1. Computers
  2. Display Drivers
  3. Graphics Cards
  4. Memory
  5. Motherboards
  6. Processors
  7. Software
  8. Storage
  9. Operating Systems


Facebook RSS Twitter Twitter Google Plus


Phoronix Test Suite

OpenBenchmarking.org

PhysX For CUDA, Linux Support A Given?

NVIDIA

Published on 14 February 2008 12:19 PM EST
Written by Michael Larabel in NVIDIA
10 Comments

Earlier this month it was revealed that NVIDIA Corporation would be buying up AGEIA Technologies, which is the maker of the PhysX SDK and the PhysX PPU (Physics Processing Unit) hardware. That same day we had then asked the question whether is NVIDIA buying AGEIA good for Linux? (The responses.) AGEIA had produced a PhysX software SDK binary for Linux but have never released a Linux driver to enable the offloading of these physics calculations to their PPU hardware.

In NVIDIA's Q4'07 financial results conference call, it was revealed by their CEO, Jen-Hsun Huang, that they are already busy porting PhysX to using the CUDA interface and will be available as a free software update for GeForce 8 owners. CUDA is the Compute Unified Device Architecture, which is NVIDIA's API for general purpose computing on their latest graphics processors -- both consumer and workstation ASICs. CUDA has been supported under Linux from the start with their graphics driver now bundling the CUDA driver and version 1.1 of the CUDA Toolkit being supported under Fedora 7, RHEL 3/4/5, SLED 10, OpenSuSE 10, and Ubuntu 7.04 (binary downloads).

Once NVIDIA completes porting AGEIA's physics engine to run atop CUDA, this will hopefully mean the support of hardware-accelerated GPU physics under Linux seeing as CUDA is well supported under this free software platform. CUDA will function under Linux with any GeForce 8 GPU, but for best results the GPU shouldn't be associated with an X screen. If the GPU is driving an X display, CUDA execution time is limited to less than five seconds per process.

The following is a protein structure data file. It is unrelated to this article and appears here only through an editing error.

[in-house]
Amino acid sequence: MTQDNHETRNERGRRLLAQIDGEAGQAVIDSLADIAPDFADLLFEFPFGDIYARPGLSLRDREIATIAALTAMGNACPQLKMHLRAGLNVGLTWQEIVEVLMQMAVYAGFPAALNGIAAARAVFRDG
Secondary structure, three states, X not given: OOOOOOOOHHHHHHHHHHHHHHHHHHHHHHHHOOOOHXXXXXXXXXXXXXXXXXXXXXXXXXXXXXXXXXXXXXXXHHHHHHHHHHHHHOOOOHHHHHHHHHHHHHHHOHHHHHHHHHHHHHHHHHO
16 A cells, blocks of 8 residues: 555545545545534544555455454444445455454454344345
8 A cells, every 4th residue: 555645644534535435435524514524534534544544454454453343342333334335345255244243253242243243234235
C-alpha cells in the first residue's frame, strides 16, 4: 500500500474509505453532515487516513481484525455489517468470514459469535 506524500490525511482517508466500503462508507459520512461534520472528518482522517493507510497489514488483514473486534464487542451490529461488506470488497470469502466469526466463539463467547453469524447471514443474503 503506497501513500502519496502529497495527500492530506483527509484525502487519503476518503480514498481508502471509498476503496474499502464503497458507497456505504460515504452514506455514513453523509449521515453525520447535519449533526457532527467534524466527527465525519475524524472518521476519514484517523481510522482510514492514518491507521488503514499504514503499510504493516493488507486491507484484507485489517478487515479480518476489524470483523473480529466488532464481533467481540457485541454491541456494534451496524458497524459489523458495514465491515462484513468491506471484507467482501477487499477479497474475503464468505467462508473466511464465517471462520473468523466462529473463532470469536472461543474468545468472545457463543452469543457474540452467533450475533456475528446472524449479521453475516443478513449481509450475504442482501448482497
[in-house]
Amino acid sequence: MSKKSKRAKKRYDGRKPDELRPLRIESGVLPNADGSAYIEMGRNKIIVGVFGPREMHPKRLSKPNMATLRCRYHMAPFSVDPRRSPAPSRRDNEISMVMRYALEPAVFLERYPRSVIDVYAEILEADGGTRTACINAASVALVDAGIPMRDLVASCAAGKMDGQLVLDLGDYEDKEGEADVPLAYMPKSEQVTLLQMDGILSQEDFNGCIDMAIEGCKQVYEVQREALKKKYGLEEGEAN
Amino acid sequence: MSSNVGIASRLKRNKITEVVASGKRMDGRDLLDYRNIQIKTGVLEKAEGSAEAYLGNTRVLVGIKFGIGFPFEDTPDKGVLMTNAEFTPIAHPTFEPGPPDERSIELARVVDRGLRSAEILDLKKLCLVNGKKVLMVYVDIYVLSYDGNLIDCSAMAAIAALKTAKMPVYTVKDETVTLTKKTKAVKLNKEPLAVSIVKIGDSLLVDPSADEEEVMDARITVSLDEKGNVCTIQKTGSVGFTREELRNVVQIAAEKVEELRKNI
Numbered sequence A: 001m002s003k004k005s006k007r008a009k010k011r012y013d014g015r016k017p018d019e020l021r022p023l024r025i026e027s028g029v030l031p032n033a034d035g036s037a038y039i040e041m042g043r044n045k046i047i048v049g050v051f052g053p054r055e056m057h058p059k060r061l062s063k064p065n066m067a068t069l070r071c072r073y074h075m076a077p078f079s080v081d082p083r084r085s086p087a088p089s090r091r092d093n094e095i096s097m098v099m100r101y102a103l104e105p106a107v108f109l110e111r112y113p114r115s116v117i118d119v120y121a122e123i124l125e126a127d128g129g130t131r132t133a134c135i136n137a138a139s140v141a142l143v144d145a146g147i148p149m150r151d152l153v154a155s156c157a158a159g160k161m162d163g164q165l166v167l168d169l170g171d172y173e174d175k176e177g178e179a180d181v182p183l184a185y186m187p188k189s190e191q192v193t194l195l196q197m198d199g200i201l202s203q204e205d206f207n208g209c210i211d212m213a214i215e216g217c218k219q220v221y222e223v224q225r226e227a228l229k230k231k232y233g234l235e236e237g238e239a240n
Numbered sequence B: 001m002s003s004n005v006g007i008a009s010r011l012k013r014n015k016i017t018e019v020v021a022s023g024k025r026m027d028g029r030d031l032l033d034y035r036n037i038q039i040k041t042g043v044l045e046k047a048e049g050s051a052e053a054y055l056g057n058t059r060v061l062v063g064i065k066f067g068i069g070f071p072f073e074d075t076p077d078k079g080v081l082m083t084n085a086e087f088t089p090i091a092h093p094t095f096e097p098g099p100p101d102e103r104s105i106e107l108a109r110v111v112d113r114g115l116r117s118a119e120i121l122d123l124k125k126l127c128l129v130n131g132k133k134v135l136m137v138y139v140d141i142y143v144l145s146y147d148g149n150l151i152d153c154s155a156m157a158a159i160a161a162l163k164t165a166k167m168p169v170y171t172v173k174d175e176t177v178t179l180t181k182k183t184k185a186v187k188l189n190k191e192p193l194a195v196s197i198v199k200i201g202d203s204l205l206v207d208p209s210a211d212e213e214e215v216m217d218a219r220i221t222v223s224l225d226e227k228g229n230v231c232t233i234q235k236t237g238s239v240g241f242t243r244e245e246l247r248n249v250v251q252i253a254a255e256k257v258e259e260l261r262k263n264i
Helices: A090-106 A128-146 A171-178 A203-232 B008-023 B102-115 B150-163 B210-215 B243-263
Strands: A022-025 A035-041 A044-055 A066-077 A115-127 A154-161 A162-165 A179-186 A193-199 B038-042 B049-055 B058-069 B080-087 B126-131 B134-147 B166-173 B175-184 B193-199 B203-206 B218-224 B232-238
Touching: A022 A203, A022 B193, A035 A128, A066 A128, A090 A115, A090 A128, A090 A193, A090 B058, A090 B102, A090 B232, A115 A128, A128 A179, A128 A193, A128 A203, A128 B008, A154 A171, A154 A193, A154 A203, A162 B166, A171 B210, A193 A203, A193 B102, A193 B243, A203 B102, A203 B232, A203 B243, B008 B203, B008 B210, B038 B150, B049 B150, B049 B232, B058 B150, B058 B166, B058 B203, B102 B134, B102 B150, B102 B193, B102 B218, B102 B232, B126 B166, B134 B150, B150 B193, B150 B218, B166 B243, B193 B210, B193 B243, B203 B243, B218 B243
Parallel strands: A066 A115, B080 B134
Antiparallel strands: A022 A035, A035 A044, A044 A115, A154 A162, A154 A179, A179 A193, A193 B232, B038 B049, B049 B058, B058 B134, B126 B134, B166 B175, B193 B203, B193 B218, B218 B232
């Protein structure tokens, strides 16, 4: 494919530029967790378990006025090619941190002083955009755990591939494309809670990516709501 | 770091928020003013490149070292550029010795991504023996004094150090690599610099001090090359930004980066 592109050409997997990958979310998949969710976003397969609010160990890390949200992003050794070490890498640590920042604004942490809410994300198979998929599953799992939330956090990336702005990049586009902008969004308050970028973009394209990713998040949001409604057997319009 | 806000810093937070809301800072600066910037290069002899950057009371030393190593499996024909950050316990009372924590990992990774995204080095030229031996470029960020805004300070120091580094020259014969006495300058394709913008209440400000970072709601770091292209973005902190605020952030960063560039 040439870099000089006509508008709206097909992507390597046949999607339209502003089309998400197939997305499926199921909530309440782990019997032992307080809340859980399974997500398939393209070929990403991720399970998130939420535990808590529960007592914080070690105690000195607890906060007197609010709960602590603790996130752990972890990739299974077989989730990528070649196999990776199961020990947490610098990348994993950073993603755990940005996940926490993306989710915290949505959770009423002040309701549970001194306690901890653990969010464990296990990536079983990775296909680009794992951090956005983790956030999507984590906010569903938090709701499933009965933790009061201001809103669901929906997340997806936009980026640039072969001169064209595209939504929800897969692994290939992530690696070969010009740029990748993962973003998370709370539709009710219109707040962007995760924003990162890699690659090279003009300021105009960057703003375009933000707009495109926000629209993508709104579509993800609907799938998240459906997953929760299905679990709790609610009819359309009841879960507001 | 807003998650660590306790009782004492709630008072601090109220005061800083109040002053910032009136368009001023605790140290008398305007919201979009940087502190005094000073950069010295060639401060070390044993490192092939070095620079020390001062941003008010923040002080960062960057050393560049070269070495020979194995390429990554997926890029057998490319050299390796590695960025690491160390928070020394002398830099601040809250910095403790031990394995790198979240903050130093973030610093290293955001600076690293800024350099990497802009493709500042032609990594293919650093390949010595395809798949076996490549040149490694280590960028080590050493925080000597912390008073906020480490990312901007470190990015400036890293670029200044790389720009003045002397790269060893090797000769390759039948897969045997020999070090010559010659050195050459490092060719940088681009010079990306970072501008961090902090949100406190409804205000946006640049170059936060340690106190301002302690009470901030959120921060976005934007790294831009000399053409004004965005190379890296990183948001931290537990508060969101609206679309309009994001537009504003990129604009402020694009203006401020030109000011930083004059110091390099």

This is good news for the GeForce 8 owners (and especially those using multi-GPU configurations), but whether NVIDIA will produce a Linux driver for the AGEIA PhysX PPU PCI-based cards still isn't known. Once we hear anything else we'll be sure to pass it along, with hopes of PhysX GPU acceleration under Linux not being so far out into the future. Our friends at The Tech Report have published the PhysX GPU comments that were made by Jen-Hsun Huang.

About The Author
Michael Larabel is the principal author of Phoronix.com and founded the web-site in 2004 with a focus on enriching the Linux hardware experience and being the largest web-site devoted to Linux hardware reviews, particularly for products relevant to Linux gamers and enthusiasts but also commonly reviewing servers/workstations and embedded Linux devices. Michael has written more than 10,000 articles covering the state of Linux hardware support, Linux performance, graphics hardware drivers, and other topics. Michael is also the lead developer of the Phoronix Test Suite, Phoromatic, and OpenBenchmarking.org automated testing software. He can be followed via and or contacted via .
Latest Articles & Reviews
  1. Linux Compiler Benchmarks Of LLVM Clang 3.5 vs. LLVM Clang 3.6-rc1
  2. Intel Broadwell HD Graphics 5500: Windows 8.1 vs. Linux
  3. Linux Benchmarks Of NVIDIA's Early 2015 GeForce Line-Up
  4. NVIDIA GeForce GTX 960: A Great $200 GPU For Linux Gamers
  5. Disk Encryption Tests On Fedora 21
  6. Xonotic 0.8 Performance With The Open-Source AMD/NVIDIA Gallium3D Drivers
Latest Linux News
  1. Ubuntu's Mir Gains Server-Side Platform Probing
  2. Broadwell Linux Ultrabook Running MUCH Cooler Than Haswell
  3. LZHAM 1.0 Lossless Data Compression Codec Released
  4. LibreOffice 4.4 Is Coming Soon With New Features
  5. Linux Users Upset By Chromium's Busted HiDPI Support
  6. BPF Backend Merged Into LLVM To Make Use Of New Kernel Functionality
  7. Dying Light Is Headed To Linux, SteamOS
  8. Wayland 1.6.1 & Weston 1.6.1 Released
  9. Mesa 10.4.3 Brings A Bunch Of Fixes For The Direct3D "Nine" Support
  10. Intel Has A Few More Graphics Changes For The Linux 3.20 Kernel
Most Viewed News This Week
  1. Windows 10 To Be A Free Upgrade: What Linux Users Need To Know
  2. CoreOS Moves From Btrfs To EXT4 + OverlayFS
  3. Google Admin Encourages Trying Btrfs, Not ZFS On Linux
  4. TraceFS: The Newest Linux File-System
  5. My Initial Intel Broadwell Linux Experience With The ThinkPad X1 Carbon
  6. Mozilla's Servo Still On Track For 2015 Alpha Release
  7. Fedora 23 Likely To Pursue Wayland By Default
  8. Keith Packard Leaves Intel's Linux Graphics Work